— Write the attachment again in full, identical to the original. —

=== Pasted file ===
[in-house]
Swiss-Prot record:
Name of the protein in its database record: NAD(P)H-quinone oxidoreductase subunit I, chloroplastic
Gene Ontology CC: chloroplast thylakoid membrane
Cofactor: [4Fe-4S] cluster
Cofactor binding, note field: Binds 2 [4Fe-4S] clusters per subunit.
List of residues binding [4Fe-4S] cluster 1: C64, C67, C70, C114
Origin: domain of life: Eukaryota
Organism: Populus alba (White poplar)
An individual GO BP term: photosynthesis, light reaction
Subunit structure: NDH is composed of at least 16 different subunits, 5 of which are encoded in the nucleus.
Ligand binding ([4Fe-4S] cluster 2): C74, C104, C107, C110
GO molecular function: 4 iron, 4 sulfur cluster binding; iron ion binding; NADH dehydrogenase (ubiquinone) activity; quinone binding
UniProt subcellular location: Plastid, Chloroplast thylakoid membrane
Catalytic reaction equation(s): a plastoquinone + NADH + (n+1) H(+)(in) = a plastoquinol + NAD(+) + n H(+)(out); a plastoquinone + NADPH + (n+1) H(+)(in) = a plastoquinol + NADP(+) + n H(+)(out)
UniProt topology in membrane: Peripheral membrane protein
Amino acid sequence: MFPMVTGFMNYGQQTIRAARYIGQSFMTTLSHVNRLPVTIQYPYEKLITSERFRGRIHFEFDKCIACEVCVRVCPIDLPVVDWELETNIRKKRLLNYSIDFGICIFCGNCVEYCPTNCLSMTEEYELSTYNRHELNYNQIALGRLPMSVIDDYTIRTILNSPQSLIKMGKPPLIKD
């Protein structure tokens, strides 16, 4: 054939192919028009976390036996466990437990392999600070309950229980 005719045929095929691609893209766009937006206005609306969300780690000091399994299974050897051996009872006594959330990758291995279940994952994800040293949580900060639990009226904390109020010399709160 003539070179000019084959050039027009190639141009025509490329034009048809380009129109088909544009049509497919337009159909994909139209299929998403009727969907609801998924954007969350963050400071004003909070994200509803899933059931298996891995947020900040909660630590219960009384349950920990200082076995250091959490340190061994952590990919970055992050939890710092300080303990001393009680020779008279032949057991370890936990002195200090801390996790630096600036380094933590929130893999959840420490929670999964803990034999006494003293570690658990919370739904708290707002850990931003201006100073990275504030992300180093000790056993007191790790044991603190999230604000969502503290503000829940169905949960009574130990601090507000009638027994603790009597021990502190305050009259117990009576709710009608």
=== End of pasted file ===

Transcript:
[in-house]
Swiss-Prot record:
Name of the protein in its database record: NAD(P)H-quinone oxidoreductase subunit I, chloroplastic
Gene Ontology CC: chloroplast thylakoid membrane
Cofactor: [4Fe-4S] cluster
Cofactor binding, note field: Binds 2 [4Fe-4S] clusters per subunit.
List of residues binding [4Fe-4S] cluster 1: C64, C67, C70, C114
Origin: domain of life: Eukaryota
Organism: Populus alba (White poplar)
An individual GO BP term: photosynthesis, light reaction
Subunit structure: NDH is composed of at least 16 different subunits, 5 of which are encoded in the nucleus.
Ligand binding ([4Fe-4S] cluster 2): C74, C104, C107, C110
GO molecular function: 4 iron, 4 sulfur cluster binding; iron ion binding; NADH dehydrogenase (ubiquinone) activity; quinone binding
UniProt subcellular location: Plastid, Chloroplast thylakoid membrane
Catalytic reaction equation(s): a plastoquinone + NADH + (n+1) H(+)(in) = a plastoquinol + NAD(+) + n H(+)(out); a plastoquinone + NADPH + (n+1) H(+)(in) = a plastoquinol + NADP(+) + n H(+)(out)
UniProt topology in membrane: Peripheral membrane protein
Amino acid sequence: MFPMVTGFMNYGQQTIRAARYIGQSFMTTLSHVNRLPVTIQYPYEKLITSERFRGRIHFEFDKCIACEVCVRVCPIDLPVVDWELETNIRKKRLLNYSIDFGICIFCGNCVEYCPTNCLSMTEEYELSTYNRHELNYNQIALGRLPMSVIDDYTIRTILNSPQSLIKMGKPPLIKD
């Protein structure tokens, strides 16, 4: 054939192919028009976390036996466990437990392999600070309950229980 005719045929095929691609893209766009937006206005609306969300780690000091399994299974050897051996009872006594959330990758291995279940994952994800040293949580900060639990009226904390109020010399709160 003539070179000019084959050039027009190639141009025509490329034009048809380009129109088909544009049509497919337009159909994909139209299929998403009727969907609801998924954007969350963050400071004003909070994200509803899933059931298996891995947020900040909660630590219960009384349950920990200082076995250091959490340190061994952590990919970055992050939890710092300080303990001393009680020779008279032949057991370890936990002195200090801390996790630096600036380094933590929130893999959840420490929670999964803990034999006494003293570690658990919370739904708290707002850990931003201006100073990275504030992300180093000790056993007191790790044991603190999230604000969502503290503000829940169905949960009574130990601090507000009638027994603790009597021990502190305050009259117990009576709710009608």